Holocene Eruptions of Mauna Kea Volcano, Hawaii

  title={Holocene Eruptions of Mauna Kea Volcano, Hawaii},
  author={Stephen C. Porter},
  pages={375 - 377}
  • S. C. Porter
  • Published 23 April 1971
  • Geology, Environmental Science
  • Science
Postglacial lava flows, interstratified with thick locally derived sheets of tephra, cover some 27.5 square kilometers on the south slope of Mauna Kea. Most of the volcanics were erupted about 4500 years ago and overlie a regionally extensive paleosol which developed largely during the last glaciation. 

Buried Caldera of Mauna Kea Volcano, Hawaii

Stratigraphic relationships indicate that hawaiite eruptions began before a pre-Wisconsin period of ice-cap glaciation and that the crest of the mountain attained its present altitude and gross form during a glaciation of probable Early Wisconsin age.


Permafrost was discovered in 1969 at an altitude of 4,140 m near the surface of Summit Cone crater on Mauna Kea, a dormant volcano

Subglacial Volcanism in North-Central British Columbia and Iceland

The subglacial genesis of five volcanoes in British Columbia has been confirmed by field and laboratory studies and by comparison with the stapar (table mountains) of Iceland. Two of the Canadian

Thermoluminescence of Hawaiian basalts

The thermoluminescence (TL) of eight Hawaiian basalt flows, ranging in age from 12 to 17,360 years, was studied to test the feasibility of TL as a dating technique. Plagioclase from tholeiitic basalt

Mineralogy of three slightly palagonitized basaltic tephra samples from the summit of Mauna Kea, Hawaii

Certain palagonites from Hawaii are considered to be among the best analogs for Martian fines, based upon similar spectral properties. For this study, three distinctly colored layers were sampled

Geomagnetic paleointensities from radiocarbon‐dated lava flows on Hawaii and the question of the Pacific nondipole low

Radiocarbon ages have been published for nine basaltic lava flows on the island of Hawaii; the ages range from 2600 to somewhat older than 17,900 years B.P. By using the Thelliers' method in vacuum,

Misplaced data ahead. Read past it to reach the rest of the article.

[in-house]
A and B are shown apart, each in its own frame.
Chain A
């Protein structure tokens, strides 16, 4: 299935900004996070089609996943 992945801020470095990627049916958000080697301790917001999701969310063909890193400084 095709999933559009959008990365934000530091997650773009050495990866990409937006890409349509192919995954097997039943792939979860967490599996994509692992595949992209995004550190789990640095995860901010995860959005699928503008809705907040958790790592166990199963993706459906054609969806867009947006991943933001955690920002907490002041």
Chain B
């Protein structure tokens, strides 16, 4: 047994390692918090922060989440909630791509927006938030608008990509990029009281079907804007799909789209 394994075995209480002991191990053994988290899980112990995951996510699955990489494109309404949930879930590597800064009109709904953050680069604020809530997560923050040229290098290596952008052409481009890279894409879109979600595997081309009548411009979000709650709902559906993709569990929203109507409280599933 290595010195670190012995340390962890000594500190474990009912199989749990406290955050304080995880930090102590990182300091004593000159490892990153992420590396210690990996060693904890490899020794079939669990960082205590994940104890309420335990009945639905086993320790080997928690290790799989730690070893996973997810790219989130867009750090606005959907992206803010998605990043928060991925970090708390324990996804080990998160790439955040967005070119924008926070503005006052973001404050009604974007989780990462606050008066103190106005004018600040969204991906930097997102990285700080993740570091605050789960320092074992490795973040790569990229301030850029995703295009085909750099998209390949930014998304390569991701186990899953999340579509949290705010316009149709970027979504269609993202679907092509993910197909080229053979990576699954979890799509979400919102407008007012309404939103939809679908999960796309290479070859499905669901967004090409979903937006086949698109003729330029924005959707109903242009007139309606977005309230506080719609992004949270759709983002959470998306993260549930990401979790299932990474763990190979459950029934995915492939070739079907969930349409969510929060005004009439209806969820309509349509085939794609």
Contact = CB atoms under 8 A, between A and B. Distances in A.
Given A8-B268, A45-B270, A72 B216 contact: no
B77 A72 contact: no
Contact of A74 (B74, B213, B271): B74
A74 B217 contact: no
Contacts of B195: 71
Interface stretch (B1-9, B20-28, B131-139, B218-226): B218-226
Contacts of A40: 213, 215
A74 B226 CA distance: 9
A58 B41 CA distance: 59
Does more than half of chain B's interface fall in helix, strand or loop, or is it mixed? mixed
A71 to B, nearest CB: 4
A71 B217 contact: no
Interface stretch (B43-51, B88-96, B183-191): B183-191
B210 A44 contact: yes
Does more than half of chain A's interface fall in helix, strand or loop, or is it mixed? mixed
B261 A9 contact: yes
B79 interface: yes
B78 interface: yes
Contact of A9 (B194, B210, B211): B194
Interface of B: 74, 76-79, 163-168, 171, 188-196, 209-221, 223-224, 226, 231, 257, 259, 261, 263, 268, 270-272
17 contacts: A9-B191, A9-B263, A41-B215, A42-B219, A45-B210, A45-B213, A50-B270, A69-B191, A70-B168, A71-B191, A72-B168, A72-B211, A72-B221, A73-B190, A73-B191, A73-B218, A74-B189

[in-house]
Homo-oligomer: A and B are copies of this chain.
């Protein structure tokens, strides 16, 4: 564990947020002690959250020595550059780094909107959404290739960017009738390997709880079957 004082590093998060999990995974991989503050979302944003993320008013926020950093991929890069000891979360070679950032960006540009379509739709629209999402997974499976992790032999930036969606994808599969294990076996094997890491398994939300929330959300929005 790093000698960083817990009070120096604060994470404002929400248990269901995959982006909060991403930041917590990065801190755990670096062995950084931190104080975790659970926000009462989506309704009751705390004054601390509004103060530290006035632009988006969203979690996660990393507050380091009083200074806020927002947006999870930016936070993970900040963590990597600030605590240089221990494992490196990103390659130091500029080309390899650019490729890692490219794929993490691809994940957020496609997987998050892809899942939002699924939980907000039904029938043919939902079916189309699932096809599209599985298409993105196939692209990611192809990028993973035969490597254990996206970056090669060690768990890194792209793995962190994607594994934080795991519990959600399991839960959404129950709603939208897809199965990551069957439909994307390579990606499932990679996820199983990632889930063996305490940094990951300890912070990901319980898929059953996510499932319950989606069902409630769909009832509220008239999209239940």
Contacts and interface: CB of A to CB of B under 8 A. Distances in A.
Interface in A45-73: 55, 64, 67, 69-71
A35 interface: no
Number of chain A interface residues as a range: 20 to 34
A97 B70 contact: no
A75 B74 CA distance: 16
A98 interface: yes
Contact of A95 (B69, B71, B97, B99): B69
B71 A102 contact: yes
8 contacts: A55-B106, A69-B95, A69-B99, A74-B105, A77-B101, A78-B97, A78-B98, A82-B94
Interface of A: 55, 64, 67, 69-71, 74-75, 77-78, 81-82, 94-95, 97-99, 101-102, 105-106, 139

Hydrothermal Origin of the Clays from the Upper Slopes of Mauna Kea, Hawaii

The soils of the summit region of Mauna Kea are similar to the soils of the high mountain deserts and to the soils of cold deserts. Dramatic differences, however, exist between the soils of the

The 1973 Hawaii earthquake: a double earthquake beneath the volcano Mauna Kea

Summary. The 1973 Hawaii earthquake occurred north of Hilo, at a depth of 40 to 50km. The location was beneath the east flank of Mauna Kea, a volcano dormant historically, but active within the last

Thermoluminescence dating of Hawaiian alkalic basalts

The thermoluminescence (TL) properties of plagioclase separates from 10 independently dated alkalic basalts from the Hawaiian Islands were studied for the purpose of developing a TL dating method for

Monitoring Tropical Alpine Lake Levels in a Culturally Sensitive Environment Utilizing 3D Technological Approaches

Abstract Lake Waiau is a tropical alpine lake situated near the summit of Mauna Kea on the Island of Hawai‘i at an elevation of 3969 m. The lake is a place of Hawaiian cultural practice that




Wentworth and Powers have described four stages of glaciation on Mauna Kea, Hawaii. The type localities of the deposits have been studied by the writer, and only the latest or Makanaka deposits can

General Features and Glacial Geology of Mauna Kea, Hawaii

INTRODUCTION The four volcanic masses whose coalescing bases form the island of Hawaii are substantially alike in petrographie composition; all of them bear cinder cones on their flanks, and lava

Deep Layer of Sediments in Alpine Lake in the Tropical Mid-Pacific

Sediments from a unique high-altitude lake on Hawaii indicate ash falls and other airborne and waterborne materials for a period estimated to extend into the Pleistocene.

Isotopes’ Radiocarbon Measurements VIII

This date list presents results of samples measured at ISOTOPES during 1968 and 1969 and several measurements made previously for which complete sample data has recently been received.

Kipukas are island-like areas of older land surrounded by later lava flows

    Tephra is a collectivc term for all air-deposited pyroclastic sediments ejected from a volcanic vent during an eruption

    • Surv. Prof. Pap. 400-B
    • 1945

    Supported by NSF grant GA-20320. I thank G. A. Macdonald for reviewing a draft of this paper